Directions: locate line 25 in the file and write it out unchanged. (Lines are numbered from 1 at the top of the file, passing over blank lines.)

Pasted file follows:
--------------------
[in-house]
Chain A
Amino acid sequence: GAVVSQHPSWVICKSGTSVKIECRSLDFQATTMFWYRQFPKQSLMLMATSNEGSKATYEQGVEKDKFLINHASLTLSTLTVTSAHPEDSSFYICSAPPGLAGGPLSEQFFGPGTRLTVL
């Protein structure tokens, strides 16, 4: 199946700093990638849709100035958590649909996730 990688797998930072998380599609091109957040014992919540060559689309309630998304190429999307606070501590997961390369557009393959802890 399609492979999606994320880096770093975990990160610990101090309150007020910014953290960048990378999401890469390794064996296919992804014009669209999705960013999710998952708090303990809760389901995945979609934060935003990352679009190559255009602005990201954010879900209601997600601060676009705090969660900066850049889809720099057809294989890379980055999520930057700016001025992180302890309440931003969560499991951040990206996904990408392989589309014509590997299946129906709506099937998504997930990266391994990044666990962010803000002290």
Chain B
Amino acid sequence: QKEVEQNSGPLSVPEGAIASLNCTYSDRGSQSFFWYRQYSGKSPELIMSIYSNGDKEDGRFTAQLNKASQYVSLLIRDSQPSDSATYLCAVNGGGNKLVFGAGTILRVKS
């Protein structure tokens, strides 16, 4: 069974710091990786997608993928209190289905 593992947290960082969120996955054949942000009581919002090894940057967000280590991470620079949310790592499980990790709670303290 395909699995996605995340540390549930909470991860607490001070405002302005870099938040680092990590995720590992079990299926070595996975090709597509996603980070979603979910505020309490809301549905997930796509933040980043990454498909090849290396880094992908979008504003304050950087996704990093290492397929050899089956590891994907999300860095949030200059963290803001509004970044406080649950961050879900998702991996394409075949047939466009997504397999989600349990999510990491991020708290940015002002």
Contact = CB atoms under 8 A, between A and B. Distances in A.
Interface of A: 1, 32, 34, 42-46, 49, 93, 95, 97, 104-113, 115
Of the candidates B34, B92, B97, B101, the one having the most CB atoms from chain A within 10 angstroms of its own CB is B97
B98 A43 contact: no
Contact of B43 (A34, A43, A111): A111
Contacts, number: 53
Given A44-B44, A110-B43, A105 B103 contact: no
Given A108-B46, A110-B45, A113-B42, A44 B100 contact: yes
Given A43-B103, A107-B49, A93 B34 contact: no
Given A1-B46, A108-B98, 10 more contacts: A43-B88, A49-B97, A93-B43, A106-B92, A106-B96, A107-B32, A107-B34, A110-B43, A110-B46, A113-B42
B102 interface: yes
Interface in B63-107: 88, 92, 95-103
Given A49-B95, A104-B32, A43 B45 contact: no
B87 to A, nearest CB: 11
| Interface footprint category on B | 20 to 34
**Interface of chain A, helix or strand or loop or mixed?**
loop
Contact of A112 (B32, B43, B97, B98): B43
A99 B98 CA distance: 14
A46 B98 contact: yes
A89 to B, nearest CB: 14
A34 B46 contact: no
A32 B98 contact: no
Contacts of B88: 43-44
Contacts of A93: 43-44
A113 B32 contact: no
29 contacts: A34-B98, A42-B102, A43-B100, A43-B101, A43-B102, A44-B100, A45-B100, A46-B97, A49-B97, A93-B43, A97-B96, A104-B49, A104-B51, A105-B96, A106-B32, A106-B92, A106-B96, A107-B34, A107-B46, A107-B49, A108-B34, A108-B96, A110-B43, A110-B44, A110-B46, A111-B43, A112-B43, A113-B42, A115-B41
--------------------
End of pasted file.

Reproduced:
Contact of A112 (B32, B43, B97, B98): B43